One train led to another and Bob built his own display during his teen years. His layout was becoming so complex that he stumped himself and needed additional electrical knowledge to meet the challenges of his trains.
He decided to go to electrical school. His education in circuitry enabled him to add more tracks, trains, lights and switching gear. And the bonus was that he became a professional electrician. He worked for Pennsylvania Power and Light for several years, eventually supervising 500 men building sub-stations. He never gave up playing with toy trains.
His electrical career led him to Niagara Falls, New York, and one fierce winter night, tinkering with his trains, he decided that 30-inch snowfalls and blizzard winds were not for him. He researched and found that Cape May County was the fastest growing area in the United States. He was ready to go into business for himself and he figured Cape May was the perfect place: plenty of potential business and mild winters. Thus was born R&J Electric. That was 30 years ago.
Bob and his wife Carol outgrew their home in Fishing Creek. She needed more room for her expanding art studio and he was still on a mission to outdo the department store toy train displays that infatuated him when he was a boy in Lancaster.
They fell in love with a ramshackle property in a country setting on Batts Lane in Lower Township. The 1847 farmhouse was falling down. Bob and Carol combined their artistic and building talents creating an environment for their his-and-her passions: painting, gardening, toy trains and nurturing wildlife.
Carol’s studio is on the first floor of the garage where each week several artists from the St. Barnabas art group gather to paint together, preparing for their annual summer show.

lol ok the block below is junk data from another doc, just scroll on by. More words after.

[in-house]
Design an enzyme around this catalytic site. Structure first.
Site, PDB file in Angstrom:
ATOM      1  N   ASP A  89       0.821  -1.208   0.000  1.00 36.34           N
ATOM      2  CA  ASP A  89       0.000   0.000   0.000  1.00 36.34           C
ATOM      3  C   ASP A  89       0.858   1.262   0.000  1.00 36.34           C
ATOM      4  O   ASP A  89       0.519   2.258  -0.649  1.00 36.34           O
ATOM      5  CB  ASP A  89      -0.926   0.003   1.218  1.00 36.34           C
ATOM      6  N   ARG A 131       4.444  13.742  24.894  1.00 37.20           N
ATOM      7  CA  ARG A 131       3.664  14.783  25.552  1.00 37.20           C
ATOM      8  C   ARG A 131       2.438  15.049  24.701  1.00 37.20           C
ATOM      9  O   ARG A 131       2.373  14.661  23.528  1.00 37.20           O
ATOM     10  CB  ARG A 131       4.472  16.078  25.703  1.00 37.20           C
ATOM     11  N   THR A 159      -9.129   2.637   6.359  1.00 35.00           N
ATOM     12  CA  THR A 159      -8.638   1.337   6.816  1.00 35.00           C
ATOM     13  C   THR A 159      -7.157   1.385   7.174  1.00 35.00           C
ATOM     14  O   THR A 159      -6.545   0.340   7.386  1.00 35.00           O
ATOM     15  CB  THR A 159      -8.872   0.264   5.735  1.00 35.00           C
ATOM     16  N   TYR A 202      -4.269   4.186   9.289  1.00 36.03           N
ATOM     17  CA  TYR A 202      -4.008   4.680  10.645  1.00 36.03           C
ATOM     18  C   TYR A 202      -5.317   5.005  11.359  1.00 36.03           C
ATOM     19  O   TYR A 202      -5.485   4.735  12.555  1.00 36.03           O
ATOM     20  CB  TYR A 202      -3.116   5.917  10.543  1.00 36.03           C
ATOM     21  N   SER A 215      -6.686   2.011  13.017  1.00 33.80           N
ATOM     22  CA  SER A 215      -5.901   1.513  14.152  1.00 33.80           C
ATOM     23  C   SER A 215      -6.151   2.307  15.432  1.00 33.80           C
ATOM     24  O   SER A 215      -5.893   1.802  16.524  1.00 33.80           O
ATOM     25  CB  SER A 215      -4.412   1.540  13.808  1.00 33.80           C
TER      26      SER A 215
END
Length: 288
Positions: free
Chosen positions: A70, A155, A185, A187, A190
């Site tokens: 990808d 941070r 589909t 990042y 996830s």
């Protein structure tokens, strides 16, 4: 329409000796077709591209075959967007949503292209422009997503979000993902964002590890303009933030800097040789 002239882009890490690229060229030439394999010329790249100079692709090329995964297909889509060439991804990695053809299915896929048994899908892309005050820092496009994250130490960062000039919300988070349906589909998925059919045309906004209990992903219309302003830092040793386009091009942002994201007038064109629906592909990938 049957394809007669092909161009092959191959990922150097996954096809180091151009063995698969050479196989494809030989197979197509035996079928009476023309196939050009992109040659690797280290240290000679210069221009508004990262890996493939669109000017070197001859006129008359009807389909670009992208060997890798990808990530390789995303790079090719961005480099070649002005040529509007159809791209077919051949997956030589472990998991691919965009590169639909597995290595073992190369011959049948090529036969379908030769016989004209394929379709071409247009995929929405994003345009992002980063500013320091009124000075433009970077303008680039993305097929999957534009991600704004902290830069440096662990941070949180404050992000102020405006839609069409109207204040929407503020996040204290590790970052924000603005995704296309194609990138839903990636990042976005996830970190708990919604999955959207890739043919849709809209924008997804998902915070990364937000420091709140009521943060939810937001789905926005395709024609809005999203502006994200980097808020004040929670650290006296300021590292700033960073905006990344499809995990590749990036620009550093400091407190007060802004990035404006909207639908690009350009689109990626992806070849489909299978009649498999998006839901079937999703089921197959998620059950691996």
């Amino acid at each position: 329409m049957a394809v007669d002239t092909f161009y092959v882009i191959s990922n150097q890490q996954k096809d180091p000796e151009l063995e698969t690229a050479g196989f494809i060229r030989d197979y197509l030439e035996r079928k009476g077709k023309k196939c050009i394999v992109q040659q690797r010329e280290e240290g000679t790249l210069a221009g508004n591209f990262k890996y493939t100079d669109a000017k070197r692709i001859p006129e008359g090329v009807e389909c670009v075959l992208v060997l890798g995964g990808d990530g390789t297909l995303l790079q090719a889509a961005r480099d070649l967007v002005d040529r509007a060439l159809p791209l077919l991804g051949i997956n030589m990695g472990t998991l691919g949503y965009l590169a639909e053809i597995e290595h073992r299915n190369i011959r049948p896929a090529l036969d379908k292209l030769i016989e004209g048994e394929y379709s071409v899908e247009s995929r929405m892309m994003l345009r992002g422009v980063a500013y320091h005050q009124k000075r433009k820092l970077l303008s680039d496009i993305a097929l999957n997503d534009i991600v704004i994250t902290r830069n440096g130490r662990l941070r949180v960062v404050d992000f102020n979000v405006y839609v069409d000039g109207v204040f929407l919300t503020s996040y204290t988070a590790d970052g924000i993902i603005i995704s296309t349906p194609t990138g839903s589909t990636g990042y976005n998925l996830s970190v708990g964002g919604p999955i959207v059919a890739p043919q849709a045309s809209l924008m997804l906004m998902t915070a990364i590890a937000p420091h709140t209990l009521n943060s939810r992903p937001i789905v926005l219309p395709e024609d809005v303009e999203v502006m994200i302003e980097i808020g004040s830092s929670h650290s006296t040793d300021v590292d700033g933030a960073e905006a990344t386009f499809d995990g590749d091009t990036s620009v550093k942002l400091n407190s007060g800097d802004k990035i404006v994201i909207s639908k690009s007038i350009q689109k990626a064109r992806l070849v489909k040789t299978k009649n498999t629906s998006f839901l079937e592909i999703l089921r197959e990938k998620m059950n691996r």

On slow winter days Bob and Carol work together making little snow trees from dried weeds and finding new ways to recycle materials into miniature works of art for the train display. They melt down lead from old pipes Bob collects. They pour the liquid lead into tiny molds creating miniature people and animals. Carol paints them in rich soft colors to populate the villages.
Bob, at 66, is slowing down his R&J Electric business. But his hobby speeds on track.
It’s only August, but already he is planning for the 2008 holiday display. He experiences the same problems in miniature that a real railroad faces. Locomotives break down, wheels wear out, tracks and electrical systems demand maintenance. Bob crawls under the display table and examines the wiring and transformers. “We’ll be adding more lights this year,” he says. “Our bill goes up about $150 a month at Christmas time.”
The boy with the dream train, now a grandfather, throws the switch, sits on his conductor’s stool, silently transfixed, as the Pennsy chugs out of the station, rolls across the big bridge alongside the 1950s farm and climbs the mountain to a holiday at the Alpine ski lodge, with happy whistles along the way.